MTI Film's Cortex dailies processing software, identifying dead pixels.
MTI Film has opened a high-speed, high-capacity data centre in Hollywood devoted to supporting television editing teams working remotely. Here, editors can set up a shared storage environment and dedicated connections to their remote workstations, allowing them to edit and conduct other routine editorial operations as if they were in the same room.
With an open-ended capacity, the site is currently being used by 54 editors and assistants working on five television productions, and the number will grow to as many as 90 working on nine shows by mid-January 2021.
MTI Film CEO Larry Chernoff said that the data centre is designed for what he sees is fast becoming the new working model for television post-production. “When the pandemic arose in March, the post-production industry responded by sheltering at home and working remotely through various internet-based streaming systems, some good, some not-so-good,” he said.
“When it became clear to us that we are not going back to the former model anytime soon, more innovation was required. Thinking past the current crisis, we concluded that a hybrid between remote and on-premises work will be the new regime and that a comprehensive environment for picture post-production was needed.”
Avid Nexis shared storage
The MTI Remote Centre employs a custom combination of networking, Avid workstations, storage, workflow management, transcoding and collaborative systems to enable editors and their assistants to work from anywhere while collaborating with each other and their producers. Its Avid Nexis shared-storage environment dedicates 112TB to each individual production, enough to maintain multiple seasons online.
MTI supplies home-based editors with thin client computing devices that connect to the Remote Centre via redundant fibre paths with automatic failover. A variety of redundancies are built-in to guard against drive or power failures and avoid downtime. Daily backup of media and metadata happens automatically and is stored on a separate MTI SAN. The centre also employs industry standard security measures against data loss or malicious intrusion.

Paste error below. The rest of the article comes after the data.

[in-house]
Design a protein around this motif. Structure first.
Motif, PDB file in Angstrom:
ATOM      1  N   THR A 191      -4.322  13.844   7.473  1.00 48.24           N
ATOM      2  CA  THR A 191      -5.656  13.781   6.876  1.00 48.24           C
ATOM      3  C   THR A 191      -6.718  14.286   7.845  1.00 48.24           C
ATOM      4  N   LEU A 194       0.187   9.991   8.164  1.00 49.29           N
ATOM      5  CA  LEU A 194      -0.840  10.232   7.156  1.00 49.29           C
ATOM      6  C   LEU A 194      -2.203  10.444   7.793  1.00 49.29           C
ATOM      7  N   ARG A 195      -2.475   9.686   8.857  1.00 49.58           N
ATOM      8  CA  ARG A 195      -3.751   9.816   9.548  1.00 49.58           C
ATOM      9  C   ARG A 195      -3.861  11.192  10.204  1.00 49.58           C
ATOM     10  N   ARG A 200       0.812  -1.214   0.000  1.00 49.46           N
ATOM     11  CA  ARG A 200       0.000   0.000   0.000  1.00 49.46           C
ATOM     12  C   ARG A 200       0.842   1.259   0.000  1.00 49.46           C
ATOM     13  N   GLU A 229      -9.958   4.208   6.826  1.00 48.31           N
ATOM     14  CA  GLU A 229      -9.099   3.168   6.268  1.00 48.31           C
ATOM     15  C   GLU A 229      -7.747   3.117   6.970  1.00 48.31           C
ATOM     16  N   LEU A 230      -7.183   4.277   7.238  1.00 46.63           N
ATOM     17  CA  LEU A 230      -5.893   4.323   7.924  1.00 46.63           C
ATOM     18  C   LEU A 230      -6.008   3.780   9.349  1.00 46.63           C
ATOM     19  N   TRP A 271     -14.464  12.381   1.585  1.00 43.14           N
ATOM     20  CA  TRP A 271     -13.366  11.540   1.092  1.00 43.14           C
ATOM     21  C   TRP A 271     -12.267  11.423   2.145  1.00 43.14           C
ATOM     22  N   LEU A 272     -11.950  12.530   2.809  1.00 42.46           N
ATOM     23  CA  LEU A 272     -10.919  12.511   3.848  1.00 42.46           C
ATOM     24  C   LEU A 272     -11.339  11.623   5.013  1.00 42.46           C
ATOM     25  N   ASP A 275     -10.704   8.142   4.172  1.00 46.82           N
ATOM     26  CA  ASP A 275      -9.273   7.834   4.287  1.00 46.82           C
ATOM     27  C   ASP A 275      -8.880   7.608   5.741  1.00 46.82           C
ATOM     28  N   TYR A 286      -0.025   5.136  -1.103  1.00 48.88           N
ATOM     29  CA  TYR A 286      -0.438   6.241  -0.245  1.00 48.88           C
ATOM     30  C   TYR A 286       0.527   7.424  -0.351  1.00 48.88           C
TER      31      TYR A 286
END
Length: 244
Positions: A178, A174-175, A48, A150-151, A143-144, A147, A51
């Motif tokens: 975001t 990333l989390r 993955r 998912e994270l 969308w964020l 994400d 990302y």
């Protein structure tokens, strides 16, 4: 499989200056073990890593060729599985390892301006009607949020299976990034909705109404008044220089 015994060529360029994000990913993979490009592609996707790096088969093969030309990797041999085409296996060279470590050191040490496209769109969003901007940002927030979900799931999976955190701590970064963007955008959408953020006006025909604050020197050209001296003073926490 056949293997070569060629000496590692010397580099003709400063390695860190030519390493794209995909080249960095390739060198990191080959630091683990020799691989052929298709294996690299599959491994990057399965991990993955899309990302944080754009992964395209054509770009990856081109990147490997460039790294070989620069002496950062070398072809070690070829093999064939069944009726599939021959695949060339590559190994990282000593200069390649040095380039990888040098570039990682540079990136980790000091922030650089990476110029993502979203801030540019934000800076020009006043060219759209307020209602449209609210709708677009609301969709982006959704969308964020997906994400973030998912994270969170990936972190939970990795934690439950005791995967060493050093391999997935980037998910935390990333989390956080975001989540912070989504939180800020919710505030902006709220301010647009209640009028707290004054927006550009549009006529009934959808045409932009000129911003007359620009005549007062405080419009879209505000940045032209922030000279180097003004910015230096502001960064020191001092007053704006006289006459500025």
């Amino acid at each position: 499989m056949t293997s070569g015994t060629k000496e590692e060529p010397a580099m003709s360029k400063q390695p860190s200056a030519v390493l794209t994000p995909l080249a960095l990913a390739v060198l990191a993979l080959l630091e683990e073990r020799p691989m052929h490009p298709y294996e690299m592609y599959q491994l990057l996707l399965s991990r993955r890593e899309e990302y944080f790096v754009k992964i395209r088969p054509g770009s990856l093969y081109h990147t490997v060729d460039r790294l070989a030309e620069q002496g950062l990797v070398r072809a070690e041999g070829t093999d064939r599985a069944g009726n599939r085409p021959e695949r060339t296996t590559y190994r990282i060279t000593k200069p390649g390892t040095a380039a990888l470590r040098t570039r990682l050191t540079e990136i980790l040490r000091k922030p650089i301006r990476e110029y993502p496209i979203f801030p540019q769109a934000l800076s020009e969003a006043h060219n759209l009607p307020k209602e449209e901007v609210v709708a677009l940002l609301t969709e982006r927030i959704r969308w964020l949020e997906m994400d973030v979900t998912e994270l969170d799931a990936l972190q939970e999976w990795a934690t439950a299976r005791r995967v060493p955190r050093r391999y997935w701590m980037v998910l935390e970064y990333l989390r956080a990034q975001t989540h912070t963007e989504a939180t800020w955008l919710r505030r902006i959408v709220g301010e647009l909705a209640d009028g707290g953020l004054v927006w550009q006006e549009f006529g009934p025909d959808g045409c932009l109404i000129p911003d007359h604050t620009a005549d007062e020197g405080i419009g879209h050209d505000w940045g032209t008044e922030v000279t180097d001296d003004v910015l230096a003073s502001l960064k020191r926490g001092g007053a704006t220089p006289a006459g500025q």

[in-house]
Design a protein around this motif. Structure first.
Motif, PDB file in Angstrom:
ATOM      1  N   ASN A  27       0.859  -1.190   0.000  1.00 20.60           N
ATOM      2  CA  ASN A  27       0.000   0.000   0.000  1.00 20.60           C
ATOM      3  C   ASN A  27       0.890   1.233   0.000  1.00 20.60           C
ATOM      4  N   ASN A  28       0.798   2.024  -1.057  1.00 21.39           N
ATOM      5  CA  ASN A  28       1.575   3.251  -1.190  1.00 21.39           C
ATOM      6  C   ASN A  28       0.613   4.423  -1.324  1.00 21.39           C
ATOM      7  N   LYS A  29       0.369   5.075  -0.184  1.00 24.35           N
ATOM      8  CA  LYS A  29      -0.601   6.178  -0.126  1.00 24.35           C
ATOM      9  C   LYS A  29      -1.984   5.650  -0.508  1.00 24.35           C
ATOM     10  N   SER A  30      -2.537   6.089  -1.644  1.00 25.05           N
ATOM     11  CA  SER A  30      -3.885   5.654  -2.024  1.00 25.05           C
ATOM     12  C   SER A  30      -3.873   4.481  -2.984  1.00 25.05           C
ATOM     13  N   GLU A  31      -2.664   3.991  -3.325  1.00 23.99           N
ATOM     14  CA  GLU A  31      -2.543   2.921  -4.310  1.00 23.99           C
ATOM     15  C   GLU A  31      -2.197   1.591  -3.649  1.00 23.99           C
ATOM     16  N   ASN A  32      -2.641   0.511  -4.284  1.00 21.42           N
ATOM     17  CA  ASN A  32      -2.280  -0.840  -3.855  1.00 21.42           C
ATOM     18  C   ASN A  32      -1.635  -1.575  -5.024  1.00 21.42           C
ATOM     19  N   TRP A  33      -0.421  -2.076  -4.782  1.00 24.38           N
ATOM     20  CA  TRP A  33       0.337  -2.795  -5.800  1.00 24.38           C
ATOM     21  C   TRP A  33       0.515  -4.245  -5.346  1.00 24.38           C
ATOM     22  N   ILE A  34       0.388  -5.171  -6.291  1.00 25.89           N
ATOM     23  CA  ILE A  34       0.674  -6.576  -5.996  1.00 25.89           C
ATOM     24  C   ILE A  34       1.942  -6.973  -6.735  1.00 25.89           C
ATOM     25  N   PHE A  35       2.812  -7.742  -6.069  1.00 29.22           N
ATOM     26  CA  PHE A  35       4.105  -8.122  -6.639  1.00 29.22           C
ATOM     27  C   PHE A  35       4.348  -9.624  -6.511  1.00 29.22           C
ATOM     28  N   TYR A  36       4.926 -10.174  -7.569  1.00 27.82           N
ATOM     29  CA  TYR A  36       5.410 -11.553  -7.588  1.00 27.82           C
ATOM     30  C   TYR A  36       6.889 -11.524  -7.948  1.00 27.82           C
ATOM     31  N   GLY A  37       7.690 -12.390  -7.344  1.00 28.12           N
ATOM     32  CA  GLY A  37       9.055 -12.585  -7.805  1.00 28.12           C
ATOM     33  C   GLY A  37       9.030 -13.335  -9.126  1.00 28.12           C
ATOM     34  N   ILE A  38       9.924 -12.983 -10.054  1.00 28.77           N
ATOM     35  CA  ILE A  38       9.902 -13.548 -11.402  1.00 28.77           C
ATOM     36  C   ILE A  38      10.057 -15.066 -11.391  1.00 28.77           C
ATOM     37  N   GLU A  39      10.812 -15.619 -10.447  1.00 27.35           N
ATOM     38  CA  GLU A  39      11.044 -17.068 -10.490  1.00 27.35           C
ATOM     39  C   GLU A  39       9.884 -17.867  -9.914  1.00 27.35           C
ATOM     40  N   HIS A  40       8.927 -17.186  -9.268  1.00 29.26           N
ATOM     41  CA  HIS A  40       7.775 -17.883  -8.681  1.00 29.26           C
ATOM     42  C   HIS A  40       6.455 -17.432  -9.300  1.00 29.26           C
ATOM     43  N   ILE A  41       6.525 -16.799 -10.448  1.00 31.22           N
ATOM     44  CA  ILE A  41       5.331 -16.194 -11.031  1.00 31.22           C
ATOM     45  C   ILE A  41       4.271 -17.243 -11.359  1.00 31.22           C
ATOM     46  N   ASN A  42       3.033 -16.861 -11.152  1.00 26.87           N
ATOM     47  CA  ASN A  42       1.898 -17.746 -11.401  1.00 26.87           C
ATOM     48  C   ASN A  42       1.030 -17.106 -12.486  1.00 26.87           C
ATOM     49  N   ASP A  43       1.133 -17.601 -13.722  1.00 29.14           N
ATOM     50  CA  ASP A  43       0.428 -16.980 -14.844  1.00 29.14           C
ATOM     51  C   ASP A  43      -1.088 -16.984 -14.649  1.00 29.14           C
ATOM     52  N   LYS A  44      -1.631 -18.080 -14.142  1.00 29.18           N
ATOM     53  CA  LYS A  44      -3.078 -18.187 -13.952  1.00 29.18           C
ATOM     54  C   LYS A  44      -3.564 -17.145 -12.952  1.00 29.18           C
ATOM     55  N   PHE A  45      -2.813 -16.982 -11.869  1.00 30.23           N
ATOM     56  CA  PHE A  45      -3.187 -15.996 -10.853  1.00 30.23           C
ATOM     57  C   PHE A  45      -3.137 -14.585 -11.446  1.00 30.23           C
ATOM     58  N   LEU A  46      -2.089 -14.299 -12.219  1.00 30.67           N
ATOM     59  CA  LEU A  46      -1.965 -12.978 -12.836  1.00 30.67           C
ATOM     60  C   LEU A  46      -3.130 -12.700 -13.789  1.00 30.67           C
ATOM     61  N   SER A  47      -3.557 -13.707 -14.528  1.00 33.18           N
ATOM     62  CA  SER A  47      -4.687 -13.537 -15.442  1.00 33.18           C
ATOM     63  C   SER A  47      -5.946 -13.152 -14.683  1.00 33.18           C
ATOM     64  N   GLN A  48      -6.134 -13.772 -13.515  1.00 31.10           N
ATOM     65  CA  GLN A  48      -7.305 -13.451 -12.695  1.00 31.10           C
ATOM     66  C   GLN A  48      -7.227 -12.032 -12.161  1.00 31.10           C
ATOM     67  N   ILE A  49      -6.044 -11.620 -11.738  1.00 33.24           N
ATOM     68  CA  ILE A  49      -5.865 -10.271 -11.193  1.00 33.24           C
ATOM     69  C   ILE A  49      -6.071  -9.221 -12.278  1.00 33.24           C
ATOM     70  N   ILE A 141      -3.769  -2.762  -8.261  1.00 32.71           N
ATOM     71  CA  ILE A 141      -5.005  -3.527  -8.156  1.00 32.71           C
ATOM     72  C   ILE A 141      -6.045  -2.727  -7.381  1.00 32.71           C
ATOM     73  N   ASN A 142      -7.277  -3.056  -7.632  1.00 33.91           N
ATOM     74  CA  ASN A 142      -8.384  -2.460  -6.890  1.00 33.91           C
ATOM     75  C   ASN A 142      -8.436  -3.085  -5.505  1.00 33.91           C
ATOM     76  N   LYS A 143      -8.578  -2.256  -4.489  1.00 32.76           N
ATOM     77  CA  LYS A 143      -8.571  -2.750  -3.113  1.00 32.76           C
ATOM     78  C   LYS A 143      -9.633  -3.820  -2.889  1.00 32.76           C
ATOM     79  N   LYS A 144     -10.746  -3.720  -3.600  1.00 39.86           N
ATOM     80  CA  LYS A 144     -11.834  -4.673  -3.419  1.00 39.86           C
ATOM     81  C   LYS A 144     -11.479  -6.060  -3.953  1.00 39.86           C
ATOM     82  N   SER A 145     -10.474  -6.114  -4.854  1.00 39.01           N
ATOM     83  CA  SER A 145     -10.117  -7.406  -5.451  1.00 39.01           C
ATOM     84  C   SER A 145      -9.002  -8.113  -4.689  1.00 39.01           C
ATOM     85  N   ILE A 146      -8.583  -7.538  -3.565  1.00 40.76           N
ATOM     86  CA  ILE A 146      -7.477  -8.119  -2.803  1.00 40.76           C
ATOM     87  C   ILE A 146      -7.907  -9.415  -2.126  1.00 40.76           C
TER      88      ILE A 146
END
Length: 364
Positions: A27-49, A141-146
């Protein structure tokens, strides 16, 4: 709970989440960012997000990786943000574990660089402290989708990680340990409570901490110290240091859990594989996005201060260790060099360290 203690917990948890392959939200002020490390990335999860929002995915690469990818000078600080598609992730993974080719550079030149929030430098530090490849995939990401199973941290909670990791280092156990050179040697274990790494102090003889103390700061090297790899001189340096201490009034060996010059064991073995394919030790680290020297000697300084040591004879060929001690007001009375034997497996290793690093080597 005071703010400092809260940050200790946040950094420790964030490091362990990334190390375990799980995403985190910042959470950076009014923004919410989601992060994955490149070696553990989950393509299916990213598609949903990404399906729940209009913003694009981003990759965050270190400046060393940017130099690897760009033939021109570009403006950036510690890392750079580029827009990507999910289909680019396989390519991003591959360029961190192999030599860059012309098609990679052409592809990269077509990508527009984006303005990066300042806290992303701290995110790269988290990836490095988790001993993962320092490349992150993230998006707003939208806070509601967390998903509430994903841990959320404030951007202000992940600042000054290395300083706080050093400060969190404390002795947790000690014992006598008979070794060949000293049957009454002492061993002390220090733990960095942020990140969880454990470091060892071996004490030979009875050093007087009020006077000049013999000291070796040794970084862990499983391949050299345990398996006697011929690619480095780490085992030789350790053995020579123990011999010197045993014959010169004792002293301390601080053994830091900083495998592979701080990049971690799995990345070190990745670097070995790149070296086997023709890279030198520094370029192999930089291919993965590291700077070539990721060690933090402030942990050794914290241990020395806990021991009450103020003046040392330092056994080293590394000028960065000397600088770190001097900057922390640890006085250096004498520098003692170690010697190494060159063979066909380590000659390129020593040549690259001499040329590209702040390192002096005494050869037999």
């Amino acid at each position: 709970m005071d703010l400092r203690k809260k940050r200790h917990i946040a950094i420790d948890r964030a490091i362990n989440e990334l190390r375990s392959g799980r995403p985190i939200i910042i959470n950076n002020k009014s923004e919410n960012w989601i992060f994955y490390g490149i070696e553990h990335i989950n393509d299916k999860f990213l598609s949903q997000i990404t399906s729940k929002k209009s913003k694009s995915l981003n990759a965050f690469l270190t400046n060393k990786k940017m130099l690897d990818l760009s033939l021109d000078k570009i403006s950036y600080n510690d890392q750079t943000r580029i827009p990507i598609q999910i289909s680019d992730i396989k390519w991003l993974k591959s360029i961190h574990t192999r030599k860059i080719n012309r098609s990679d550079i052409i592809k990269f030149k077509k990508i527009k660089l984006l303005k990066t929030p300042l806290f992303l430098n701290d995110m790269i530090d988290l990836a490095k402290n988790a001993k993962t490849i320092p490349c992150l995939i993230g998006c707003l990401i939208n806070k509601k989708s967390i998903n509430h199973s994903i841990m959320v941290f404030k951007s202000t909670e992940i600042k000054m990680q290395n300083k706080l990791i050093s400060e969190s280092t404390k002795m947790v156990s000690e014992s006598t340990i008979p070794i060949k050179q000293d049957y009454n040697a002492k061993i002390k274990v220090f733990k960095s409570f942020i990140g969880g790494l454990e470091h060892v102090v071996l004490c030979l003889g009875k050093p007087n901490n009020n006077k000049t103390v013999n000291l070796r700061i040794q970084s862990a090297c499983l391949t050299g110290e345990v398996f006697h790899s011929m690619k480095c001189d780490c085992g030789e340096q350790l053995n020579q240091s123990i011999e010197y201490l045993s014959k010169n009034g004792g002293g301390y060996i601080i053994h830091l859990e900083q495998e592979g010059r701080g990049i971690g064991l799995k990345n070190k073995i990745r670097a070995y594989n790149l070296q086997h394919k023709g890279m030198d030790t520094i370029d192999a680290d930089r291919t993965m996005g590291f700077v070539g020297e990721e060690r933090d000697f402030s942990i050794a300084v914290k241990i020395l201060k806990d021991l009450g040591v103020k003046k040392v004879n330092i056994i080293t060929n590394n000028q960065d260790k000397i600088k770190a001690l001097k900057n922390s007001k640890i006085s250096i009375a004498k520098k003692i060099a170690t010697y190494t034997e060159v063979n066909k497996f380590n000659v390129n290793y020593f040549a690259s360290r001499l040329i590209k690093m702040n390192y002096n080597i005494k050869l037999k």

“Editors can work from home studios or any other remote site while we manage the bandwidth to create a studio-like experience,” Larry said. “As long as they have an MTI supplied station attached to our remote centre with a minimum of bandwidth on their end, editors have the same experience as they would while connected to a system located in the next room.”
The pipeline handles dailies processing, media management, deliverables and related tasks, as well as storing and protecting data. For this work, MTI Film’s Cortex media playback and dailies software is integrated through the workflow for efficiency.
Cortex - audio/visual sync
For example, Cortex renders media in multiple formats simultaneously and, one of its newer features, merges Avid EDLs with VFX markers into Cortex timelines, saving time by executing the edit and the VFX pulls in a single step. It also performs colour space conversions and includes HDR and SDR scopes and a colour gamut diagram supporting ASC / ACES colour.
MTI Film has tested the pipeline and made it available to working television productions over time in order to monitor the response, which has been uniformly positive as teams find the editorial experience is transparent. Larry reflected, “Post-production methodology has changed forever. Editors were looking for ways to work remotely and automate routine tasks anyway – the pandemic simply added urgency to the need for practical approaches.” www.mtifilm.com